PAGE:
Now Is The Time To Say Nothing


Friday 6 September 2019


Film - Off-West End - Verbatim theatre

Multimedia theatre heads to Battersea Arts Centre in October with Now Is The Time To Say Nothing - the story of Reem Karssli, a Syrian film-maker, and her on-the-ground experience during the early days of the conflict.
Now Is The Time To Say Nothing at Battersea Arts Centre

Image courtesy Battersea Arts Centre


You're invited to take a seat in an armchair, put on headphones and go beyond the headlines with stunning video and immersive sound as filmmaker Reem Karssli and artist Caroline Williams connect them with Reem's human story of the Syrian conflict.


Now Is The Time To Say Nothing is an interactive sound and video installation exploring the role of screens in observing global conflicts, due at Battersea Arts Centre from 2 to 19 Oct 2019.


"Exquisitely simple and moving. This is a really special show" Lyn Gardner, The Guardian


Now Is The Time To Say Nothing is a provocation against armchair passivity, following the real story of Syrian artist Reem Karssli as she captures her daily experience of the Syrian conflict on camera.


We see what emerges when she is contacted by a group of teenagers from the UK who want to see beyond the footage they've watched on their TVs.


Together they co-author an experience which attempts to connect a UK audience to the human story behind the news.


Created over four years, following Reem into an exile which forces her to leave her camera behind, Now Is The Time To Say Nothing is an intimate exploration of what it means to stay connected to each other and of what happens when war and the need for survival gets in the way.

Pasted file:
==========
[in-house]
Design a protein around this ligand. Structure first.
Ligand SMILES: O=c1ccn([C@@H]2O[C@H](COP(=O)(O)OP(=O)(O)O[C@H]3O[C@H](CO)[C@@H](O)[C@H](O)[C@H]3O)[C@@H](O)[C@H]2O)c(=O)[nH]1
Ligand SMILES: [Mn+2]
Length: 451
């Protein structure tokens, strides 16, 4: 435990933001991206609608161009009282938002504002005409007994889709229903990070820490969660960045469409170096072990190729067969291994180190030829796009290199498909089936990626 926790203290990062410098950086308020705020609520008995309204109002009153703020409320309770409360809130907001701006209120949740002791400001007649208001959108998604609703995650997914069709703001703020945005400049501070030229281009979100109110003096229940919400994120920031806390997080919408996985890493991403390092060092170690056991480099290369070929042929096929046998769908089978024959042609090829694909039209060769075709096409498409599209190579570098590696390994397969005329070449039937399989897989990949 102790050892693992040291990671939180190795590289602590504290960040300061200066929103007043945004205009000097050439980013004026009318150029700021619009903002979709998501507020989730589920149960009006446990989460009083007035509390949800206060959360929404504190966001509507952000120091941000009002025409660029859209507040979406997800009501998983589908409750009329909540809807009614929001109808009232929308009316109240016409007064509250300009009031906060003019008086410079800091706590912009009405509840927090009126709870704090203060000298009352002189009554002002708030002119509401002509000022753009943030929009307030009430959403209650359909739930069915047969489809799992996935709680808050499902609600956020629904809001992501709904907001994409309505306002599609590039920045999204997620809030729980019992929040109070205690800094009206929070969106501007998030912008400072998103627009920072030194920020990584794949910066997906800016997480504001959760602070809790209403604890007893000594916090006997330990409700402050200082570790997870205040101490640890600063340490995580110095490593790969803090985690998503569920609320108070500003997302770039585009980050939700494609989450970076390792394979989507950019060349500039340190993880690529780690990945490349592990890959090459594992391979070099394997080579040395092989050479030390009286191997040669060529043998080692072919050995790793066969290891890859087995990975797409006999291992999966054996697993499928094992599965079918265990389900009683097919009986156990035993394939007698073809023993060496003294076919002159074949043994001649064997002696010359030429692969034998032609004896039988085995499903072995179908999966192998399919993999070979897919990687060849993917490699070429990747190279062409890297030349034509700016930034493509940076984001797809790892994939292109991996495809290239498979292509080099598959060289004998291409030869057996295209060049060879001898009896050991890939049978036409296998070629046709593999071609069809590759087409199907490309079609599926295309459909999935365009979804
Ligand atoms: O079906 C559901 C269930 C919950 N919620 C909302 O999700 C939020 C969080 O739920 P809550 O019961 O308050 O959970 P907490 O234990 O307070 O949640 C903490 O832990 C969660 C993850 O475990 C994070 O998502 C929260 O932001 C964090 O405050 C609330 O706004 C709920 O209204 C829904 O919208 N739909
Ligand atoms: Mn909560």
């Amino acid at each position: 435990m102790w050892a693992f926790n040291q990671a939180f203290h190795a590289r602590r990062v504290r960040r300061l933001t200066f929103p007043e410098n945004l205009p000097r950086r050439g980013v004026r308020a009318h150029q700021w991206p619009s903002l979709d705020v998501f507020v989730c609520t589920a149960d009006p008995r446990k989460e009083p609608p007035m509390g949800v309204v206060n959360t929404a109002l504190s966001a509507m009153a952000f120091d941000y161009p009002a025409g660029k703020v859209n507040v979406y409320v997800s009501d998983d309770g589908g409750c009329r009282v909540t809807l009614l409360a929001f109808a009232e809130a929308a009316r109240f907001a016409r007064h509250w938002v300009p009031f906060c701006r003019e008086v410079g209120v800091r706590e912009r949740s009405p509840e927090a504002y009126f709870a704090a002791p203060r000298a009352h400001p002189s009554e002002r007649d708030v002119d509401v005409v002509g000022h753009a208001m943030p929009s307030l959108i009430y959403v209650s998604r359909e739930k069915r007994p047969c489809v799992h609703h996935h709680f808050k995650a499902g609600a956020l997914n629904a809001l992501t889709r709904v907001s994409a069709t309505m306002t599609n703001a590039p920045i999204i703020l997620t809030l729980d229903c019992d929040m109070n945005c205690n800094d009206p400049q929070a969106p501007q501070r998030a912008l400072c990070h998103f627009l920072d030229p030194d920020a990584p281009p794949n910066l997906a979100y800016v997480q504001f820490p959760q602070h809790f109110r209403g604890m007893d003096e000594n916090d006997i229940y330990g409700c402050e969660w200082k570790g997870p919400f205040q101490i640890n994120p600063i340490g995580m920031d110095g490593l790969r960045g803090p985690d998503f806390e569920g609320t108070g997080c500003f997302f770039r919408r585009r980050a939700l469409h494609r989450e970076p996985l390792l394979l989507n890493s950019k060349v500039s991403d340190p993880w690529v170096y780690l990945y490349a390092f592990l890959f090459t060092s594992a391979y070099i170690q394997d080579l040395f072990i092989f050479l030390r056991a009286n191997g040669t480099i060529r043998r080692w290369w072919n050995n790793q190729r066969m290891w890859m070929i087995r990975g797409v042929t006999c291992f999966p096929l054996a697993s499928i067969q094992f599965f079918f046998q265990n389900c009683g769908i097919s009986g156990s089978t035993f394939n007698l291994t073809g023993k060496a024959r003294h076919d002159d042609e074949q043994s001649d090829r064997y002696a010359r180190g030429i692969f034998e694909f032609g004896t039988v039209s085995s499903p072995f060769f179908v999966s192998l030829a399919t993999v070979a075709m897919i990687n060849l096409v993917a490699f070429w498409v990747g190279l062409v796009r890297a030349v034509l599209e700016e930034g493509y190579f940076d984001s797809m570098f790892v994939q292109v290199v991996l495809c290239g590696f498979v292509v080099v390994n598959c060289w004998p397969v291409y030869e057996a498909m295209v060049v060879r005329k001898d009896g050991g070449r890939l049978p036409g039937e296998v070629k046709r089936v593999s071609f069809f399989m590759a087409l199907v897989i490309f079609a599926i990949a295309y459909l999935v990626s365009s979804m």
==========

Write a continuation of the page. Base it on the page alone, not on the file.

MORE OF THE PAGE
Originally produced as part of the Young Vic's Taking Part programme, the completed work was recently presented as part of Mayfest 2018 in Bristol, and returned to the city at Bristol Old Vic in February 2019 as part of a national tour.


In July 2019 it was presented as part of Galway International Festival.


Here's the trailer ...



Caroline Williams said ...


"In 2014 I was asked to do a performance project with a group of young Londoners looking at the Syrian conflict.


As a white non-Arabic speaking artist who'd never been to the Middle East I was trying to work out how, or if, I should do the project.


In a research period I watched Every Day, Every Day an intimate and beautiful film by Syrian filmmaker Reem Karssli about everyday life in Damascus for a family trying to navigate the growing war.


I contacted Reem and told her about the work I was doing and asked if she'd be interested in meeting the young people through Skype to talk about her work and her life.


What followed was a four year long collaboration, making a piece of work that has grown and contracted alongside a war which has lasted longer than World War II.


It would be trite to try to sum up the experience of making this piece.


We all hope the work speaks for itself."


Reem Karssli is a Syrian film-maker and researcher now living in Berlin.


Reem made her first film Everyday Everyday with independent film producers Hakawti.


Everyday, Everyday is an intimate and honest portrayal of her family, as they become internally displaced in Damascus.


Caroline Williams is an award-winning artist working in multi-disciplinary participatory performance.


She represented the UK at the Prague Quadrennial with her performance installation for the V&A Museum: Shakespeare's Fools.


Other projects include Can You Hear Me Now (MAYK), Make Yourself At Home (Nuit Blanche Brussels), Millions of Years (English National Opera), Dad Dancing with Second Hand Dance, Shadwell's Tempest and Le Malade Imaginaire (Shakespeare's Globe).


MAYK is a theatre producing organisation that collaborates with artists and audiences to make exciting things happen in unusual ways.


As well as Mayfest they deliver many other public projects throughout the year for audiences around the world.


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